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that means somebody making $12,000 will get her stephen moore under the president's plan. it is a fig leaf of helping those barely scraping by. what help is on the way? the help and asked the be always elected people like elizabeth warren, who don't let this kind of stuff happens. reason this happens is politicians when they need revenue look for a little ways of acting up prices on the little guy. on the state level, that would be increased car inspection fees and fishing licenses, things that will not be called taxes. this case, tweaking the system, making you pay more on your social security. that's just wrong. it is a symptom of big money interests carving themselves huge tax loopholes and then checkmating politicians into hurting the little guy. we are trying to elect people and support people in congress who are aware of the problem and understand democrats have to stand on principle to help people like you.
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areks for calling and arms you're experiencing combat right now. host: adam riess teaches a class at george washington university on the internet. thanks for sponsoring this conversation. host: senator roger wicker, republican of mississippi, is our guest, next year it will talk about guns, immigration, the budget, and north korea. if later, looking at overlapping government programs. first, this news update from c- span radio. >> it's 8:33 a.m. eastern. senate minority leader mitch mcconnell still has not gotten over december posted fiscal cliff showdown and has signaled privately that he has no interest in sitting in the same room as majority leader harry reid to discuss a possible grand bargain on budget and tax issues. senate insiders tell "politico" the senator mitch mcconnell is fine with talking to president obama, but he does not want
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harry reid there when it happens. along with budget discussions, the senate will begin debate on gun control legislation this week. a proposal to expand background checks for gun buyers picked up some key republican support over the weekend. republican senator susan collins of maine issued a statement yesterday saying that she would vote for a proposal authored by senator patrick to me and to senator joe manchin, requiring background checks for people buying guns at gun shows and online, but it exempts private gun sales. as guns around adopted in congress, the supreme court may decide as early as today to consider whether the second amendment's right to keep a gun for self-defense extends outside the home. the case under consideration is a challenge to new york's law requiring proper cost to carry a weapon in public. 10 states have similar restrictions, most have been challenged in court. those are some of the latest headlines on c-span radio. she livedd at age 11,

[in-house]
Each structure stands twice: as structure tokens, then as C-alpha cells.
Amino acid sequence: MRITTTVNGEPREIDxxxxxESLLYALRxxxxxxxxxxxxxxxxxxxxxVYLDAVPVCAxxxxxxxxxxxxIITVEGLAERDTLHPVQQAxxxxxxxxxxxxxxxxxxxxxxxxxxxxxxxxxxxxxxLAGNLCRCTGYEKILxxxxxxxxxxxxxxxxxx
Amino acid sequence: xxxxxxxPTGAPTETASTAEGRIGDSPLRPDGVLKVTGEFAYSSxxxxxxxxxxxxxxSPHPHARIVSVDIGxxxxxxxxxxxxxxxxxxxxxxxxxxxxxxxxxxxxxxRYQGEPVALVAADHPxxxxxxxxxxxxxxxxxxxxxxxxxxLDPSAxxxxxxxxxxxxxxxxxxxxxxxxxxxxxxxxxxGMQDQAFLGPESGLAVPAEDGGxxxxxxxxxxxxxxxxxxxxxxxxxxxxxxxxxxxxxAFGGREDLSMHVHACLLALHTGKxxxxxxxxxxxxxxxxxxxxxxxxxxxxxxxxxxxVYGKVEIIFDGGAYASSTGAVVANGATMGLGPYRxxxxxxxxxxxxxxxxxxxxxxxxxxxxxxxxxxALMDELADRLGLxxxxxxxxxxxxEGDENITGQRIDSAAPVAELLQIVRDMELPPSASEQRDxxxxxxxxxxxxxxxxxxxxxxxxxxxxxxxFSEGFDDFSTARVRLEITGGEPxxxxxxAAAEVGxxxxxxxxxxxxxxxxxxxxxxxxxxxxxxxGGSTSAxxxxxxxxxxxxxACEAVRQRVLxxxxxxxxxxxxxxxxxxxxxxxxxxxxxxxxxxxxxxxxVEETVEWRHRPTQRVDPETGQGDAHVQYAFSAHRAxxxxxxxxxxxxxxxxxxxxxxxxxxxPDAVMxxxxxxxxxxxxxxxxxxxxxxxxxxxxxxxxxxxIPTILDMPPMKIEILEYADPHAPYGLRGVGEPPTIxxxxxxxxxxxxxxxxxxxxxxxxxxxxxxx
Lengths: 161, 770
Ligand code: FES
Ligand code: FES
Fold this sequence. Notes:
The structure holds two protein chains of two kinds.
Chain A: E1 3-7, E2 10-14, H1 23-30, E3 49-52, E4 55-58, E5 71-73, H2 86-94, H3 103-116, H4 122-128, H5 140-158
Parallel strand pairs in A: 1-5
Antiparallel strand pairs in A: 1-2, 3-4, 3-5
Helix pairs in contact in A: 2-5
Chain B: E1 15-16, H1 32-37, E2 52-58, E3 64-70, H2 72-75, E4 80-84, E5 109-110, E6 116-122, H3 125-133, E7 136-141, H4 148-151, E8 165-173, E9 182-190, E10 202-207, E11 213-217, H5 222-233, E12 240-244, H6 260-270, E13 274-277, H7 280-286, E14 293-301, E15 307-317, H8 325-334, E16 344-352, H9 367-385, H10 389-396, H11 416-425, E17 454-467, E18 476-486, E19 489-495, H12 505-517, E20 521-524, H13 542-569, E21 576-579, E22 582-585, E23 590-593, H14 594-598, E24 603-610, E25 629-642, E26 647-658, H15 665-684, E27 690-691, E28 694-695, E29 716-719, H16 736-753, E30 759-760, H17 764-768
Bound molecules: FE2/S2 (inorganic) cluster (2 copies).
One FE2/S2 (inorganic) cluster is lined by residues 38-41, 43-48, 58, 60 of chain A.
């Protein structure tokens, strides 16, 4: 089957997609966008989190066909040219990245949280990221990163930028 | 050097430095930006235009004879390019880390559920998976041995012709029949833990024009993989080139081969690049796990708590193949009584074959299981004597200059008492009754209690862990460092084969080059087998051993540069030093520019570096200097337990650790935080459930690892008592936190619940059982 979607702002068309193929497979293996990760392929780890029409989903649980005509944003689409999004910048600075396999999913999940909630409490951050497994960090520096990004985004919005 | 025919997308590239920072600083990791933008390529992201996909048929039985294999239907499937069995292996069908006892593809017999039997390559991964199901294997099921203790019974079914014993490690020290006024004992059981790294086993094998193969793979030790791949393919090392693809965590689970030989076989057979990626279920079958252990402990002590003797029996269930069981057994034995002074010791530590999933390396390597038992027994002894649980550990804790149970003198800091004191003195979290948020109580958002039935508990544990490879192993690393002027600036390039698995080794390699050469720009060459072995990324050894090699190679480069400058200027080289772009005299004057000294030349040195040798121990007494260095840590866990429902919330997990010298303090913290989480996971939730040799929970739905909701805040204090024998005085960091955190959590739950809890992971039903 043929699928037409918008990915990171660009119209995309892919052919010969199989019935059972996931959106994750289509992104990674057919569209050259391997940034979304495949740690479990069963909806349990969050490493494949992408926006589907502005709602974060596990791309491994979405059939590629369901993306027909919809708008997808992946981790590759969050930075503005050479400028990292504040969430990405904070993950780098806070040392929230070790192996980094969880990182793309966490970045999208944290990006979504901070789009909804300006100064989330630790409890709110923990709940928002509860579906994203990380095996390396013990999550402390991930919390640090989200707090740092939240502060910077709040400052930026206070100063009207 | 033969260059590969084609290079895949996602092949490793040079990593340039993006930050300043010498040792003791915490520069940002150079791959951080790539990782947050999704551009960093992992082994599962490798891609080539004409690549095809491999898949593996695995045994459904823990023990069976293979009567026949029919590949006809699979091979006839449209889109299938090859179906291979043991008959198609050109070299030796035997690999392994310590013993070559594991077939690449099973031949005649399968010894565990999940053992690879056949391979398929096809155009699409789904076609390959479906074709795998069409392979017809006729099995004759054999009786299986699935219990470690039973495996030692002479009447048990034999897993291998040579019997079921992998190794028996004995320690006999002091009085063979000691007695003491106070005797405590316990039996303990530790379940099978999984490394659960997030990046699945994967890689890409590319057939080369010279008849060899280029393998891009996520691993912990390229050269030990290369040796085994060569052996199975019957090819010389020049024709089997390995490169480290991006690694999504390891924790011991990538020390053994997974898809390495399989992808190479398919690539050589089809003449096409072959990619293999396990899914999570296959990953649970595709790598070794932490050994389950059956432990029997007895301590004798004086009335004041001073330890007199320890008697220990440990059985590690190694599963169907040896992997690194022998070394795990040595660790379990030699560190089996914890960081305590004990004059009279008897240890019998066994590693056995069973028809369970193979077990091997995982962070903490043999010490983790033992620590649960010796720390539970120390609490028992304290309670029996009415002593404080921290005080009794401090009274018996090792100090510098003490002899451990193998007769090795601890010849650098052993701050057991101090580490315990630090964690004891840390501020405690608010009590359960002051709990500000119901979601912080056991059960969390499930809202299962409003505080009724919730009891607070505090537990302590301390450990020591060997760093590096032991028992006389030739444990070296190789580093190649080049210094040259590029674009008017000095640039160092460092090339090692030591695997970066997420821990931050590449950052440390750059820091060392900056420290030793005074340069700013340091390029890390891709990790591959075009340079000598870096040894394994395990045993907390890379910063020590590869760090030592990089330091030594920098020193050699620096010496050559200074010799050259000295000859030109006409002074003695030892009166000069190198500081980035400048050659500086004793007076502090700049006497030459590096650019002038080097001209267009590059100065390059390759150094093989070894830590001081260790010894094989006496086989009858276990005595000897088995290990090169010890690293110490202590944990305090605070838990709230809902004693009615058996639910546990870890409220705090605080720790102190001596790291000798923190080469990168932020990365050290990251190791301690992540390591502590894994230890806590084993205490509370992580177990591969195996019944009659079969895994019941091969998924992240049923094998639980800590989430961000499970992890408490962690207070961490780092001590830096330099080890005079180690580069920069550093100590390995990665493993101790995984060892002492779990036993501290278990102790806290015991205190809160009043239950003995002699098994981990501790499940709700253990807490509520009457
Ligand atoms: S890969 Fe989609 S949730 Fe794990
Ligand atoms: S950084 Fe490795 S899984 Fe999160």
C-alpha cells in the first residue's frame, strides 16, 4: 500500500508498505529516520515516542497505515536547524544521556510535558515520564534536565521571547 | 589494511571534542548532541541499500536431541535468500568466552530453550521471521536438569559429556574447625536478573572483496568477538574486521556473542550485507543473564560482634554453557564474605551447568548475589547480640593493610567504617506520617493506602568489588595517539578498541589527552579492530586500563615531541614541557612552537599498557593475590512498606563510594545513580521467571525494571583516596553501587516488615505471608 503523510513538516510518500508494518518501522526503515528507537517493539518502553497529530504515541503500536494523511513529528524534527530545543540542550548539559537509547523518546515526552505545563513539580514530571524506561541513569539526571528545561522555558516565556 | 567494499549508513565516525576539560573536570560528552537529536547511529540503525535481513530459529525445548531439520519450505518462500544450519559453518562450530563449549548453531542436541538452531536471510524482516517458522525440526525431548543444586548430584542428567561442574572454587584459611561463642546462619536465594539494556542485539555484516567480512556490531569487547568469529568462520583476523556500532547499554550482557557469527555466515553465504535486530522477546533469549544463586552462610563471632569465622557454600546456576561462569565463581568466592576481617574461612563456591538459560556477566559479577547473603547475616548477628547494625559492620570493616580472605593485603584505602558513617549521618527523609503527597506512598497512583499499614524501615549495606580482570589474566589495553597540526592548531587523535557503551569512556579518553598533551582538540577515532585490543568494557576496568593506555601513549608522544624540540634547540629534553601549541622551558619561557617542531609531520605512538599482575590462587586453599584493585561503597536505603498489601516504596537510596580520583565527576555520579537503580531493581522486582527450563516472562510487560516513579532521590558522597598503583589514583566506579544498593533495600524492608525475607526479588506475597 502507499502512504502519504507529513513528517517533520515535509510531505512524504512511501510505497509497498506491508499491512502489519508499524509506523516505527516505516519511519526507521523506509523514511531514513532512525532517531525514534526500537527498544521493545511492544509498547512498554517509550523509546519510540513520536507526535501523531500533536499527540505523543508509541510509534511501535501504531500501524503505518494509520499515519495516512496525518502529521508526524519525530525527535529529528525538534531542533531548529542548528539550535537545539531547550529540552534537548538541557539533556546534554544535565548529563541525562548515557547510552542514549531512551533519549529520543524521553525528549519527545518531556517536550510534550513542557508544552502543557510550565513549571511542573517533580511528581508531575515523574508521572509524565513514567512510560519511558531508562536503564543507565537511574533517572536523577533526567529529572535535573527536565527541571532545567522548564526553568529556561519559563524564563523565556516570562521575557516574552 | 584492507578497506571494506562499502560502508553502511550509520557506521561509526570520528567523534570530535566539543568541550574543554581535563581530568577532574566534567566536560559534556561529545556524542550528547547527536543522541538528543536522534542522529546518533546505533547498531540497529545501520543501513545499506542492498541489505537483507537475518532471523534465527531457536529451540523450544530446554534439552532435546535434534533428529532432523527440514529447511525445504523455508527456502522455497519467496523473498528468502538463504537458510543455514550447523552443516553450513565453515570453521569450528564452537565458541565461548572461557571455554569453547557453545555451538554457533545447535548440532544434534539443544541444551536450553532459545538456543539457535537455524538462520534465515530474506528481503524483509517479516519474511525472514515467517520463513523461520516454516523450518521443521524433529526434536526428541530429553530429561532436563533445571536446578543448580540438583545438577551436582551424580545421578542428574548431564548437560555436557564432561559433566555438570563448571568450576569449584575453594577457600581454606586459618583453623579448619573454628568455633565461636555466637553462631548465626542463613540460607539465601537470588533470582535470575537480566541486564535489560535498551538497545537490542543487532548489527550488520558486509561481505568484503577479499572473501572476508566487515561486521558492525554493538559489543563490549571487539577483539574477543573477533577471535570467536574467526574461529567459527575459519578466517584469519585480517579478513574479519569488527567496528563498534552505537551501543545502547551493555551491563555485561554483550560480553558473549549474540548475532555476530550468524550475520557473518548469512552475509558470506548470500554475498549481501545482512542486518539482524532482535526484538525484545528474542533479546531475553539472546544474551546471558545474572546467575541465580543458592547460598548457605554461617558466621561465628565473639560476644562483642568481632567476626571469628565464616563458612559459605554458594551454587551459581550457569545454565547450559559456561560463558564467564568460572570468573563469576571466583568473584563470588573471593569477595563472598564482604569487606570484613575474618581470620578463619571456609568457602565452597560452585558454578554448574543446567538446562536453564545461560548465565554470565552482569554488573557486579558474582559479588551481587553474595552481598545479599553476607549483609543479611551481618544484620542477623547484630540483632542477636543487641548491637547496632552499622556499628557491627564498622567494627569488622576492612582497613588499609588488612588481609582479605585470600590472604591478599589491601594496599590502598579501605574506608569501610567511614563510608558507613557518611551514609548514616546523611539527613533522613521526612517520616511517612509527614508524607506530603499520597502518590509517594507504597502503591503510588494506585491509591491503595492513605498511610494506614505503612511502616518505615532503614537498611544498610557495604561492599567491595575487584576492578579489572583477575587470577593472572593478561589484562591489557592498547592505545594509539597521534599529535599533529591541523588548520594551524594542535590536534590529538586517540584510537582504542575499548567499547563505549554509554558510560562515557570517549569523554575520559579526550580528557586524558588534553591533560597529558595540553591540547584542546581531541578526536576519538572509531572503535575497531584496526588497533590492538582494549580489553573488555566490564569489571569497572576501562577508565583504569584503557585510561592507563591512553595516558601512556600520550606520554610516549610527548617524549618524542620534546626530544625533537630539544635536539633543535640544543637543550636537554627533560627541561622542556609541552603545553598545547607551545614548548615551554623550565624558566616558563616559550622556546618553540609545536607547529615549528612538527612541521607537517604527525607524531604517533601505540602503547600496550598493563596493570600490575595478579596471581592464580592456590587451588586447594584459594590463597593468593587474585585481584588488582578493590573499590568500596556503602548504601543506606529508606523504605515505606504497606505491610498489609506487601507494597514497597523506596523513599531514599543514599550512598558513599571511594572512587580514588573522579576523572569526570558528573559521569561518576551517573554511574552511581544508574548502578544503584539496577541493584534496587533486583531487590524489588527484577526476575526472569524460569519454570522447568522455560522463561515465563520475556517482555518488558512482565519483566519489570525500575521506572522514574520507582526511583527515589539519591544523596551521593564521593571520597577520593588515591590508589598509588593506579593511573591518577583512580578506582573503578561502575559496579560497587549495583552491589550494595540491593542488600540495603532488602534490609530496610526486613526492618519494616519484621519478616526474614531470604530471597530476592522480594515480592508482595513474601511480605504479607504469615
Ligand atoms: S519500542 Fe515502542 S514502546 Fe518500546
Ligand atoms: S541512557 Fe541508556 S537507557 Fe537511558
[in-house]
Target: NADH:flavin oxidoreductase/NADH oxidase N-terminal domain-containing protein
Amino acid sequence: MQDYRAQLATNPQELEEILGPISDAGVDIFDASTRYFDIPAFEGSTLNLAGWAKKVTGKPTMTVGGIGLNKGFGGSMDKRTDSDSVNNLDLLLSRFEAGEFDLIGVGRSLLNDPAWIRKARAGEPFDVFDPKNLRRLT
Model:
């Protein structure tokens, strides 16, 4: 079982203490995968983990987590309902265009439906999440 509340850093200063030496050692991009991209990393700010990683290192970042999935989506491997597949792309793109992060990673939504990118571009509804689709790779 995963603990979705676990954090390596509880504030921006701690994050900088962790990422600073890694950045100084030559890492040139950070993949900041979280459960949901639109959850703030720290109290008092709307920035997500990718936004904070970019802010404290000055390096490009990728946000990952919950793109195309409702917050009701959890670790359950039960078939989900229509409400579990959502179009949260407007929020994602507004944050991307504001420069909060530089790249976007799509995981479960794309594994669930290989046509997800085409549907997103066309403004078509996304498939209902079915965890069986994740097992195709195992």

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with her favorite uncle james buchanan. years later, he becomes president. because he's not married, she serves as white house hostess. she's the first to be called first lady on a regular basis and is so popular that she sets trends and children are named after her. harriet lane, her life and that of her predecessor jane pierce, along with your questions and comments by phone, facebook, and twitter. tonight at 9:00 eastern. also on c-span radio and c- span.org. >> "washington journal" continues. host: senator roger wicker is our guest, republican of mississippi guest: glad to be here. host: let's start with the sunday talk shows. a lot on immigration garrett senator marco rubio who edited the airwaves. he gave his support to this gang of eight plan.
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guest: he was on seven sunday talk shows yesterday, setting a record. you have to say this for him. he is showing some leadership. he is in a unique position to do freshman, as a cuban- american, representing the hispanic community. my hat is off to him for trying to solve a problem that we all want to solve. here are two things i like about the plan. it does not kick in until the border is secure. 100% since the original awareness of what's going on, on the border, and 90%. . the situation right now is we have 50% enforcement. that just amounts to a porous border. one of the definitions of sovereignty is that the nation should be able to protect its border.
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that is something that conservatives like me have been saying for a long time. let's first enforce the border. according to summaries of the law -- i have not read it because it will not be introduced until tomorrow, i believe it -- one of the summaries is that the law does not even trigger until we can certify that the border is secure. another aspect of it that i really like is a better system of e-verify. i get a lot of calls from businessmen who want to hire people and who don't mind hiring people here in the country legally even though they may have been born elsewhere. they say that e-verify is totally unreliable and sometimes is very slow and cumbersome. i understand this new proposal would require in states where